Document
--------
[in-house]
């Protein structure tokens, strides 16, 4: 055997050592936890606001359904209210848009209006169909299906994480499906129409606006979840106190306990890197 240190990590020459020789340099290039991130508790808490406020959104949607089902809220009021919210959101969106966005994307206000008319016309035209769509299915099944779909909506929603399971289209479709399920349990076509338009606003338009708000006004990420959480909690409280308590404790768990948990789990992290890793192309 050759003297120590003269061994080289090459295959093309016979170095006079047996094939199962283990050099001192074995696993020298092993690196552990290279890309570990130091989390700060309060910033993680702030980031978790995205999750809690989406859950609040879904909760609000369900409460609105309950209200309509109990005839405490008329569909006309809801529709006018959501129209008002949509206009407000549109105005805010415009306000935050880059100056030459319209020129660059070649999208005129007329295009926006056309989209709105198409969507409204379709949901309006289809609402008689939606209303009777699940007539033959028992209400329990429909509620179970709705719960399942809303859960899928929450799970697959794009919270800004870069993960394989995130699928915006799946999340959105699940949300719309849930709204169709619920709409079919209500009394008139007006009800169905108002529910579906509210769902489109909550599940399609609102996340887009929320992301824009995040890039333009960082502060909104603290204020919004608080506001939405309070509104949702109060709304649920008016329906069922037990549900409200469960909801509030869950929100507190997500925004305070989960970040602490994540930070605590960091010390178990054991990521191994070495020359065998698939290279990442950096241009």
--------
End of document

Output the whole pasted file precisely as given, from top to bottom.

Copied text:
[in-house]
């Protein structure tokens, strides 16, 4: 055997050592936890606001359904209210848009209006169909299906994480499906129409606006979840106190306990890197 240190990590020459020789340099290039991130508790808490406020959104949607089902809220009021919210959101969106966005994307206000008319016309035209769509299915099944779909909506929603399971289209479709399920349990076509338009606003338009708000006004990420959480909690409280308590404790768990948990789990992290890793192309 050759003297120590003269061994080289090459295959093309016979170095006079047996094939199962283990050099001192074995696993020298092993690196552990290279890309570990130091989390700060309060910033993680702030980031978790995205999750809690989406859950609040879904909760609000369900409460609105309950209200309509109990005839405490008329569909006309809801529709006018959501129209008002949509206009407000549109105005805010415009306000935050880059100056030459319209020129660059070649999208005129007329295009926006056309989209709105198409969507409204379709949901309006289809609402008689939606209303009777699940007539033959028992209400329990429909509620179970709705719960399942809303859960899928929450799970697959794009919270800004870069993960394989995130699928915006799946999340959105699940949300719309849930709204169709619920709409079919209500009394008139007006009800169905108002529910579906509210769902489109909550599940399609609102996340887009929320992301824009995040890039333009960082502060909104603290204020919004608080506001939405309070509104949702109060709304649920008016329906069922037990549900409200469960909801509030869950929100507190997500925004305070989960970040602490994540930070605590960091010390178990054991990521191994070495020359065998698939290279990442950096241009």